Every Python programmer knows to avoid mutable default arguments:def fn(mutable=): mutable.append('elem') print mutable fn() fn() $ python test.py ['elem'] ['elem', 'elem']
However, many are not clear that this is due to arguments being evaluated at import time, rather than the first time the function is evaluated.
This results in related quirks such as:def never_called(error=1/0): pass $ python test.py Traceback (most recent call last): File "test.py", line 1, in <module> ZeroDivisionError: integer division or modulo by zero
... and an—implementation-specific—quirk caused by naive constant folding:def never_called(): 99999999 ** 9999999 $ python test.py [hangs]
I suspect that this can be used as denial-of-service vector.
This month sees us in the Adelphi, just South of Leeds Bridge, Starting around 7pm-ish. One of the regulars, Andy, has offered to show us round a nearby data centre, during the meeting.
Here is a location link from google maps Look for the funny blokes sitting round the laptops, see you there!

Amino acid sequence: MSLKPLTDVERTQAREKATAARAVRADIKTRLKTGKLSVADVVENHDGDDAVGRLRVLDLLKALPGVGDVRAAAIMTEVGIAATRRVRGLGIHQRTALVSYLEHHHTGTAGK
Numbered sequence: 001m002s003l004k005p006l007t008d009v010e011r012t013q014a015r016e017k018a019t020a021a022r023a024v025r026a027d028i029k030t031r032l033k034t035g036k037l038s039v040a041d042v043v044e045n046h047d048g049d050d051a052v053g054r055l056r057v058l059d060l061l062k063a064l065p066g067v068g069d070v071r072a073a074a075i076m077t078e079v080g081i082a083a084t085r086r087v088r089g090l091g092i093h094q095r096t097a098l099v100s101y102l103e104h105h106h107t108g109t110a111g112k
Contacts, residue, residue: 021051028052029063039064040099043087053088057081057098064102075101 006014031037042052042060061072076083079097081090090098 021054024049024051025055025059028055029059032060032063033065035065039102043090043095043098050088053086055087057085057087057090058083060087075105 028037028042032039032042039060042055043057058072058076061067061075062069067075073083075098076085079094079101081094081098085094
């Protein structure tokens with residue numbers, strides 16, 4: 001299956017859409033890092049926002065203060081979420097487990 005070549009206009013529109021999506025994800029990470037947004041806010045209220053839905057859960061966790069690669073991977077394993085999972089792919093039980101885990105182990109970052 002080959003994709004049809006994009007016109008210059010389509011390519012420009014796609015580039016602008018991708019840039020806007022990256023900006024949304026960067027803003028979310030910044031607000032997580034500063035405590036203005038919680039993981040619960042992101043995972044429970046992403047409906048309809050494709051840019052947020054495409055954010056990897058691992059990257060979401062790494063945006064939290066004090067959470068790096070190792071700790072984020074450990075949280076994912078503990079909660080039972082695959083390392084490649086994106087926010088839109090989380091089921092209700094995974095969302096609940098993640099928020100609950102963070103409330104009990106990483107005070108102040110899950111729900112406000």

Should be an interesting morning. ☺
aptitude purge #systemd
As Theresa May moves from the Home Office to Number 10, it is perhaps timely to reflect on public attitudes to surveillance as evidenced in Liberty’s campaign film “Show me yours” in April of this year. In the film (shown below), comedian Olivia Lee pursues members of the public with the intention of taking details from their mobile phones of all their recent communications or browsing activity. The reactions of the people approached speak for themselves. Unfortunately, Liberty research suggests that 75% of adults in the UK had never heard of the impending legislation laid out in the Investigatory Powers Bill.